Despite how urbanised the world is seemingly becoming, the truth is, the majority of our blue planet’s land still remains unpaved. From the expansive desert sand dunes of the Far East to the dense tropical rainforests of the Amazon, there are so many places that we have yet to explore and maybe even civilise. Understandably, heading off the safety and comfort of our smooth, tarmacadam coated highways to the unknown unsealed trails and beyond is generally viewed as the domain for the rugged, unrefined or uncouth (I’m talking about vehicles rather than people here), but luxury lifestyle brand Rolls-Royce has now come up with another option and I got to check it out.
Aptly named after the largest gem-quality rough diamond ever found, the Cullinan is Rolls-Royce’s first ever SUV and boy is it a good one.
Our rendezvous was at Parihoa estate on the west coast and I arrived justifiably early. Set on 600 acres of highly undulated and extremely breathtaking coastline near Muriwai, Parihoa‘Friendly Cliffs’ Farm provided the perfect backdrop for my first encounter with the very impressive Rolls-Royce Cullinan.
With the large Pantheon grille and the highest ever positioned, Spirit of Ecstacy riding atop, the Cullinan is unmistakeably a Rolls-Royce but the deep-set headlights that boast daytime running light ‘warrior eyebrows’ offer a uniquely stern and meaningful expression to their new SUV. There is a utilitarian poise to the Cullinan’s profile scuff plates and an aluminium ‘spear’ trim provide protection to the vehicle and prevent stone or gravel damaging the side, while aluminium plates and exposed tailpipes complete the rear. It has a high roofline that peaks at the A-pillar, with a fastback flow that joins the ‘bustleback’ design of the rear (inspired by the tourers of the 1920s when they used to put luggage outside the vehicle).
On the subject of luggage, an automated two-gate door design gains you entry to 600 litres of space within and then extended up to 1,930 litres when you electronically lower the rear seats. The luggage area floor will also lay flat or tilt automatically upon request.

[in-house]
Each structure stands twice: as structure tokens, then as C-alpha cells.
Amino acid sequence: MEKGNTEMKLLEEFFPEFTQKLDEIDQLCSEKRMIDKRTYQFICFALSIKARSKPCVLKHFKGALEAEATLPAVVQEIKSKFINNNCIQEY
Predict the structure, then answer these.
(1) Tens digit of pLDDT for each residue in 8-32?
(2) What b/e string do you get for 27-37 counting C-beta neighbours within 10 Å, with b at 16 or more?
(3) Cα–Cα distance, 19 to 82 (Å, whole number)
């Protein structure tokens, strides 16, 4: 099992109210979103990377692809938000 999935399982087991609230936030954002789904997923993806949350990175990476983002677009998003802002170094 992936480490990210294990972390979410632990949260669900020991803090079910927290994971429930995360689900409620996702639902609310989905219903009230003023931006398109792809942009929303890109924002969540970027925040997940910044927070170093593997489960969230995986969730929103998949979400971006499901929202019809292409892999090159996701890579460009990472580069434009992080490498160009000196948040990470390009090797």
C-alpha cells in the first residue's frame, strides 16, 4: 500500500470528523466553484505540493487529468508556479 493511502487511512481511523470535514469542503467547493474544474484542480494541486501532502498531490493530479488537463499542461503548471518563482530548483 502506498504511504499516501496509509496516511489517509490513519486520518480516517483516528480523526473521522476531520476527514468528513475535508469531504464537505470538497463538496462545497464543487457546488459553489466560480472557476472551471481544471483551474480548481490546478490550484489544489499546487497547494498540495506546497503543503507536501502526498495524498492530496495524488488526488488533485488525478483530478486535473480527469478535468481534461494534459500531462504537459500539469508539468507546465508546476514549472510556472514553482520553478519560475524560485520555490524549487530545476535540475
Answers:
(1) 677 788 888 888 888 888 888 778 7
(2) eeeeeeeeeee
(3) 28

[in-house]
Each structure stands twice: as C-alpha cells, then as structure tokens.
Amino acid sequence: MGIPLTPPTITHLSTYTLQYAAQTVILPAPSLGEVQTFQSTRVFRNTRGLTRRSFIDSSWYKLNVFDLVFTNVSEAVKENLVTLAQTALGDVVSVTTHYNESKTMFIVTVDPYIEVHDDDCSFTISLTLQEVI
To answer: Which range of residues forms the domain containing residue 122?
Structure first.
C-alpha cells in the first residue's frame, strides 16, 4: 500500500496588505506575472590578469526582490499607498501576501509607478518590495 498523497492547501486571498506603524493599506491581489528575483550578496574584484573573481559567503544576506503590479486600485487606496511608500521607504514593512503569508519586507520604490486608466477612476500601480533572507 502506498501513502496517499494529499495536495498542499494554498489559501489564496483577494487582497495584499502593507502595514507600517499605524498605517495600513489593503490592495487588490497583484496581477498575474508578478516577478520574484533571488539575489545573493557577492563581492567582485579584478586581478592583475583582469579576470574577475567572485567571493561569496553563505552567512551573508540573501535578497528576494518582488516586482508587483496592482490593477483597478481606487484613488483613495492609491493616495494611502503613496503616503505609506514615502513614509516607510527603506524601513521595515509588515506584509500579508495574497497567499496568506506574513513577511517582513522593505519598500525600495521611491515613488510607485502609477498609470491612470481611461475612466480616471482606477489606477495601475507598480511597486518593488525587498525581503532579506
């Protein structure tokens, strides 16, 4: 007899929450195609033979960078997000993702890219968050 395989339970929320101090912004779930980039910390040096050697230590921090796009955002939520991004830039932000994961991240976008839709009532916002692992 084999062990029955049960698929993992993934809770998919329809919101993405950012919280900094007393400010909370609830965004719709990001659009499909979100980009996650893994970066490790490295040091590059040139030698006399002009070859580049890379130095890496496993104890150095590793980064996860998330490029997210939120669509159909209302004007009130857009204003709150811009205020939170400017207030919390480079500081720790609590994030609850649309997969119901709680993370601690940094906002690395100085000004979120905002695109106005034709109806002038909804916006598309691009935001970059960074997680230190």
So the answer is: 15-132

Access to the Cullinan’s Italian couture inspired ‘box grain leather‘ soaked interior comes via coach doors, it really is a cool, sight to behold and so very Rolls-Royce. You have the choice of four- or five-seat configurations, depending on your needs, too. Those that have been inside a modern Rolls-Royce will be familiar with the Cullinan’s lavishness and stunning array of instrumentation, for those that have not, I strongly urge you to go and check it out. It’s all you’d hope for and more—rest assured, this is not your run of the mill off-roader.
The driving force behind the Cullinan is a 6.75L twin-turbo V12. It provides 420kW of power and an Earth turning 850Nm of torque from around 1,600rpm, so it’s there from the moment you dab that accelerator. Although the Cullinan tips the scales at a very reassuring 2,660kg, the V12 will get you from a standing start to 100 km/h in just 5.2seconds.
Enough of all that, I’m sure what you really want to know is how does it drive? Well in a word, exquisite. We began our circuit on Parihoa’s rather rough, loose metal drive and the Cullinan barely acknowledged it. The aluminium ‘architecture of luxury’ chassis simply floated over the unkempt surface and the V12 didn’t utter a word. The short hill climb passed by un-noticed and the steering totally ignored the bumps, including the cattle grid.
The Cullinan is a big vehicle yet for some inexplicable reason, it doesn’t feel it. It’s welcoming and immediately puts you at ease. I was expecting the ride to feel different when we left the estate and joined the tarmac roads but quite seriously, the terrain was irrelevant, they were both as smooth as silk. What the new surface did allow, however, was a chance to push the accelerator to the floor and test out that V12. The speed is delivered effortlessly and if it wasn’t for the Cullinan’s nose rising a little (and the needle on the speedo rising a lot) you’d swear nothing had changed at all. Around the tight turns of Muriwai the large SUV offered next to zero body roll and the four-wheel steering negotiated the bends with medium-sized vehicle aplomb, the eight-speed box never struggling to find a gear or even noticeably changing for that matter.
The 30 or so minute drive was over in a flash and as we made our way back to the estate, I thought about this new SUV. The Cullinan is all I’d hoped it would be and so much more. Sure it handles the day to day urban life with the superior Rolls-Royceness I would expect, but it’s the way it simply glided over the uneven rural surfaces that really grabbed my attention. It’s calm and unfaltering, quiet and ultimately luxurious—summing it up, the Cullinan really is a diamond in the rough.